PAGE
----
By: Kari Utz-Wolsky, Nutrition and Conditioning Specialist
Published: January 19, 2018
As we head into the New Year, many of us desire to make positive health changes. And for those who make New Years resolutions, a large majority of these goals revolve around diet and/or exercise. We may hope to give up poor habits, or embark on a new exercise routine. Or possibly we even hope to make a complete overhaul to our nutrition plan. Unfortunately, the odds are not in our favor. Eighty percent of New Year’s resolutions fail by February!
I’d like to offer some tips to lead you down a more successful path. But before I do that, I need to address the method of implementation, as I feel that is often the reason we fail. Health changes need to be simple and moderate. Think moderation, not deprivation. Aim for one small change per week from this list below, adding an additional tip the following week and so on.
- Drink more water – aim for half your bodyweight in ounces of fluid per day. Caffeinated beverages don’t count, since they act as a diuretic. Water, seltzer, decaf tea and coffee do; even juice counts, but check the next point on sugar.
- Limit sugar – sugar is so toxic in our systems. Sweeten foods and beverages yourself and aim to cut down to half your usual amount, even further once you’ve adapted.
- Eat more vegetables – try to include vegetables of various colors at each meal and snack.
- Add more healthy fat into your diet – cod liver oil (loaded with Omega-3, Vitamins A & D), coconut oil (a great immune booster), avocado, nuts and seeds.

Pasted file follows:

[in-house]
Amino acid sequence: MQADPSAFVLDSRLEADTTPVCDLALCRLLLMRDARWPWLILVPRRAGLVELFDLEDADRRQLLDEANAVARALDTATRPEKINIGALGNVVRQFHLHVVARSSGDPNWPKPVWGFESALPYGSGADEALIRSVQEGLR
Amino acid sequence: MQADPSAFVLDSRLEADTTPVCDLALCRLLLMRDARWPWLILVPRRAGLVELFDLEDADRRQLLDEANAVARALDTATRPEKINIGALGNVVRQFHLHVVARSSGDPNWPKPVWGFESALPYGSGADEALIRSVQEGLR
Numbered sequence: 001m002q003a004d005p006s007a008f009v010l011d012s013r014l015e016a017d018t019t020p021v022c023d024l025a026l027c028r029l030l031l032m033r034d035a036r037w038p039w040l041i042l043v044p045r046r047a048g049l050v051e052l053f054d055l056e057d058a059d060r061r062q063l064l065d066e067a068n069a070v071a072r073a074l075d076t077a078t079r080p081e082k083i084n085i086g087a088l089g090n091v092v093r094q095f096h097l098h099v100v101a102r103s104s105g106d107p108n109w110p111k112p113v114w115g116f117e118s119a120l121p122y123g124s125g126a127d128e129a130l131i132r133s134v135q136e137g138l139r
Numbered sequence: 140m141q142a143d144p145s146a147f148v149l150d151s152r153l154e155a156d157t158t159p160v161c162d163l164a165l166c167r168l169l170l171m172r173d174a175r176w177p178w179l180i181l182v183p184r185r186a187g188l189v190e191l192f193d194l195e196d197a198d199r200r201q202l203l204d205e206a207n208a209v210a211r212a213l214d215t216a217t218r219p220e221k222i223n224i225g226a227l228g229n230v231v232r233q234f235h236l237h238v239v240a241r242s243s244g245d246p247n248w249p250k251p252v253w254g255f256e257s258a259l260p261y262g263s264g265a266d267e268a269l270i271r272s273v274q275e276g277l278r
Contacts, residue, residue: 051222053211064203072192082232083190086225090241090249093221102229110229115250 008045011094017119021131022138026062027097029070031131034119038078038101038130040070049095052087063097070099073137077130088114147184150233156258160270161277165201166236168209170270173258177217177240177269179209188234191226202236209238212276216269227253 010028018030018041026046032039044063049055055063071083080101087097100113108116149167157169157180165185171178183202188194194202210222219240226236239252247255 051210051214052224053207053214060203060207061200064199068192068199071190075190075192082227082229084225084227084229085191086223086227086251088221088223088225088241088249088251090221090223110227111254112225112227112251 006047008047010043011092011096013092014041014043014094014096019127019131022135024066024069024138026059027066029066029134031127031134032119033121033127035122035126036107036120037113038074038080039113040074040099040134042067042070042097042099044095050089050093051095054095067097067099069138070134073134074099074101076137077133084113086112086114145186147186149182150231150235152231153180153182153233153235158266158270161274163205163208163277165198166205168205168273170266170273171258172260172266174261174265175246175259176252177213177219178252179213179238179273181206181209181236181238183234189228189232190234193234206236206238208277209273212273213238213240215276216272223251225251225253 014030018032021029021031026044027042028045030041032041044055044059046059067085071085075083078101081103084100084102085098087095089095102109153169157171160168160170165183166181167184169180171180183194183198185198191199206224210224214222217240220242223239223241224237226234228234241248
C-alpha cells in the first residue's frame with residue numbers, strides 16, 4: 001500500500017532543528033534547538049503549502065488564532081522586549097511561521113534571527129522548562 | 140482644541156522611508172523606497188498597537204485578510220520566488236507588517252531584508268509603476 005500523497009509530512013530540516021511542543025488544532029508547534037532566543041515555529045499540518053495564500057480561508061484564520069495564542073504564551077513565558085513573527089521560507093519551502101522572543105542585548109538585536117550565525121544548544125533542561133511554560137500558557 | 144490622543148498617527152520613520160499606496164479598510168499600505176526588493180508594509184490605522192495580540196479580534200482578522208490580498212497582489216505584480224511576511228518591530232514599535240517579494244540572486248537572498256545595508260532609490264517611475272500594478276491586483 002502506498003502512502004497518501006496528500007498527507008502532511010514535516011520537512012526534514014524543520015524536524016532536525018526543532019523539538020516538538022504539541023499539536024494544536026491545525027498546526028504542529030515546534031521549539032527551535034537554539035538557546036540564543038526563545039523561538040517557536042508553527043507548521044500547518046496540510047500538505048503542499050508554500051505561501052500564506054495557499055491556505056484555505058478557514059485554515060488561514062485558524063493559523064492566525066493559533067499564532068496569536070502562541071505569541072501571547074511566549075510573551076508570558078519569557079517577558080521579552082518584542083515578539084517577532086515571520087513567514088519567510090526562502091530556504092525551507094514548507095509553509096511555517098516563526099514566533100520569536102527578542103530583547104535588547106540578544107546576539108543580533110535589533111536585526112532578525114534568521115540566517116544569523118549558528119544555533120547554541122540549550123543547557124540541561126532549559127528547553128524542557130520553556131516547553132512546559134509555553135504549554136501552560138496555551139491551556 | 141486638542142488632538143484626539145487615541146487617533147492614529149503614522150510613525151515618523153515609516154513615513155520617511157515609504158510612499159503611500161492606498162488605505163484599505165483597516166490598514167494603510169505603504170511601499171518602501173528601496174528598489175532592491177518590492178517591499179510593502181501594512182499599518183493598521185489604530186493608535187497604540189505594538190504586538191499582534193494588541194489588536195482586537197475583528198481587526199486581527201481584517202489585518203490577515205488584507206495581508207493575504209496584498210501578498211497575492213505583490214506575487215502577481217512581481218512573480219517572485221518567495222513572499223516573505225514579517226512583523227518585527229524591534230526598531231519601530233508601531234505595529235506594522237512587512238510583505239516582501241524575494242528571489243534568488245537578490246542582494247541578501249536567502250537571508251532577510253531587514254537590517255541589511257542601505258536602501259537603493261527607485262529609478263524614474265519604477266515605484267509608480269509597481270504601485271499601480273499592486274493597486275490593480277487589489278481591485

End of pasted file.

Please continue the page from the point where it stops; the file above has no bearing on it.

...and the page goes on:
- Consider cutting out possible inflammatory foods – the common ones are gluten, dairy, soy, vegetable oils, and sugar. Try avoiding one at a time for about 2 weeks each, and note any changes in how you feel.
- Add a few key supplements – a prebiotic / probiotic combo, a digestive enzyme, and depending on your health status, perhaps some vitamin D (for bone health, immune health, and mental health), fish oil (anti-inflammatory), or CoQ10 (antioxidant and cellular energy production).
- Exercise, but don’t over-exercise – include resistance training, don’t ignore the importance of solid recovery. Three to five exercise sessions per week at 20-60 minutes per session is great!
- Aim for 8 hours sleep a night – close down the electronics two hours before bed and completely darken your bedroom room for better quality sleep.
- Try to get out into nature a few times a week – take a hike in the woods, find a nearby outdoor activity park, walk barefoot along the beach.
- Focus on preventative medicine (get to the root cause of your health ailments, instead of only medicating to mask symptoms) – look into functional medicine approaches.
- Consider stress management practices: meditation or deep breathing, stretching, balance, and flexibility training, acupuncture.
- Take time for yourself – schedule time if necessary initially, for activities that create enjoyment and laughter.
Kari holds certifications in Personal Fitness Training, Performance Nutrition, Specialist in Sports Conditioning from ISSA, as well as a certification in Crossfit Elite Fitness training. She educates people in individual and group settings on how to improve their health and fitness levels. She has helped clients with goals from illness reversal and allergy-induced diet restrictions to fat loss and sports performance.